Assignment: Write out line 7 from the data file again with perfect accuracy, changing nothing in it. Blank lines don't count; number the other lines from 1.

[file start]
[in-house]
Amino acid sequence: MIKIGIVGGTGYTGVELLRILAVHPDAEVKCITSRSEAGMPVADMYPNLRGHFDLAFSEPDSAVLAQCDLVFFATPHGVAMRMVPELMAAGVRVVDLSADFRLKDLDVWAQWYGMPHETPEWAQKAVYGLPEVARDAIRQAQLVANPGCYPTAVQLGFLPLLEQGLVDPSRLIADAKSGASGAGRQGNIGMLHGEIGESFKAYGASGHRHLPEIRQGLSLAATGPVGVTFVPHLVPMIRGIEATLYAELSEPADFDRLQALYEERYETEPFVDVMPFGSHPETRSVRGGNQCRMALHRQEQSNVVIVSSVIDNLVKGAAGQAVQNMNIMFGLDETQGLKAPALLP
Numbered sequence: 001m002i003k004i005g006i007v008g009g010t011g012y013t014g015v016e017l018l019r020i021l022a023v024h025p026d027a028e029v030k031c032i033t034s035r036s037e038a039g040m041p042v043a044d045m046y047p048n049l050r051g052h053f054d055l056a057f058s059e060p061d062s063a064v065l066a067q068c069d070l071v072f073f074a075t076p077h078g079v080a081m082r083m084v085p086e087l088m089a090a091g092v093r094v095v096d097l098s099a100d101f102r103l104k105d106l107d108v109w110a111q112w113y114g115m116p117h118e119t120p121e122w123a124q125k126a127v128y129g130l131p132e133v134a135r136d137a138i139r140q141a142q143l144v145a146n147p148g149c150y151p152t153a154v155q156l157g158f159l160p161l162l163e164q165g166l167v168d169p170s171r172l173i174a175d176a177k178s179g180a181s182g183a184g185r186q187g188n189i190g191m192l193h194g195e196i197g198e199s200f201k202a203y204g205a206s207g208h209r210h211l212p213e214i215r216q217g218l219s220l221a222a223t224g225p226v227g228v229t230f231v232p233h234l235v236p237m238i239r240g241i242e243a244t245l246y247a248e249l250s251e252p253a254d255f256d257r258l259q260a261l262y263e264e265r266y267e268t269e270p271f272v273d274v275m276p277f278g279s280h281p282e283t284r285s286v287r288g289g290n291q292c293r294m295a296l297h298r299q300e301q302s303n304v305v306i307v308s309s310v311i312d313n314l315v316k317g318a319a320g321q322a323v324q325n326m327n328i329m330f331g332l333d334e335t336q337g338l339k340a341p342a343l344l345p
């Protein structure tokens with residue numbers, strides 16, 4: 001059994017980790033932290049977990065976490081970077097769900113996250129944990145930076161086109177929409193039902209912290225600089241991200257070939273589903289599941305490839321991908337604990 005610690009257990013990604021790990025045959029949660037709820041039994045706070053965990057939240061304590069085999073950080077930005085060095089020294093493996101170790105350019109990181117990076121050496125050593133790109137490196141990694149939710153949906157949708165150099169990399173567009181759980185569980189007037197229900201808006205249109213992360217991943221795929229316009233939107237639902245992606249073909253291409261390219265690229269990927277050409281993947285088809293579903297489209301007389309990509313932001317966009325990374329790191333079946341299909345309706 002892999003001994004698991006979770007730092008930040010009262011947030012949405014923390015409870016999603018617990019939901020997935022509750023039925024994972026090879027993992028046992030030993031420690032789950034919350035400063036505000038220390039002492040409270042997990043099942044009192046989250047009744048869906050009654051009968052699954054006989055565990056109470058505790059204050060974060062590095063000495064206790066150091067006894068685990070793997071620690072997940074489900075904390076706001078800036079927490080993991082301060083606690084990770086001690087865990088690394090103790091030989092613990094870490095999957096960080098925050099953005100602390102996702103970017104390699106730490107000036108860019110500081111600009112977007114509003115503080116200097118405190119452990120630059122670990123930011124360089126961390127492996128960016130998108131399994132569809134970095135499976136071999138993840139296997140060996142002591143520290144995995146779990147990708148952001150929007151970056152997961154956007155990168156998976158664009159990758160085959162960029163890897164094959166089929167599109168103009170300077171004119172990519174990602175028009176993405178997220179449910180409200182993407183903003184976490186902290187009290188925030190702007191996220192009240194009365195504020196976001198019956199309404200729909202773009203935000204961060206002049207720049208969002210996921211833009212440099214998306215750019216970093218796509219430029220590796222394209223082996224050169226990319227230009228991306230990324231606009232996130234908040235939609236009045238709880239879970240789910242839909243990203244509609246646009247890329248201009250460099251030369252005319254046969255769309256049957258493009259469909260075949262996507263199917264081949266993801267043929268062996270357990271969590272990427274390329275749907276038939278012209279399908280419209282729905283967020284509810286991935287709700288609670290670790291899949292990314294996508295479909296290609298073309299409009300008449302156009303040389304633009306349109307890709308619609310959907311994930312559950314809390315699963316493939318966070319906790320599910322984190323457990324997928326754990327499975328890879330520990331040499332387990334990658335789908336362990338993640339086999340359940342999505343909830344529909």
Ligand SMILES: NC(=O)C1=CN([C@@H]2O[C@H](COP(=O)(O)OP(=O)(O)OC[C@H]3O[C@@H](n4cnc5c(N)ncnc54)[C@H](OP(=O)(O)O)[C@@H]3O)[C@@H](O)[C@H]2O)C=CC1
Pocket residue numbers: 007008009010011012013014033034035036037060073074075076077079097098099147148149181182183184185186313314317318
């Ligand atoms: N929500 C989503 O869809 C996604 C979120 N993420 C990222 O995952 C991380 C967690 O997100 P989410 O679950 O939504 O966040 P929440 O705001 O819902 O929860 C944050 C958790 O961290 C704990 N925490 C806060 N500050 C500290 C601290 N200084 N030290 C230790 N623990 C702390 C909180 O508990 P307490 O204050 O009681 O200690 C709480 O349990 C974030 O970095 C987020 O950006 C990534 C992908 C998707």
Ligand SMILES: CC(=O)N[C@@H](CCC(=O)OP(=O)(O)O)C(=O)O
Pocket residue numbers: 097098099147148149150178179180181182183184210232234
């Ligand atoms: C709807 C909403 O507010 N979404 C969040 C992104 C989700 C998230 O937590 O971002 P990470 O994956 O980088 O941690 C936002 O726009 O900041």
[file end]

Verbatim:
């Ligand atoms: N929500 C989503 O869809 C996604 C979120 N993420 C990222 O995952 C991380 C967690 O997100 P989410 O679950 O939504 O966040 P929440 O705001 O819902 O929860 C944050 C958790 O961290 C704990 N925490 C806060 N500050 C500290 C601290 N200084 N030290 C230790 N623990 C702390 C909180 O508990 P307490 O204050 O009681 O200690 C709480 O349990 C974030 O970095 C987020 O950006 C990534 C992908 C998707």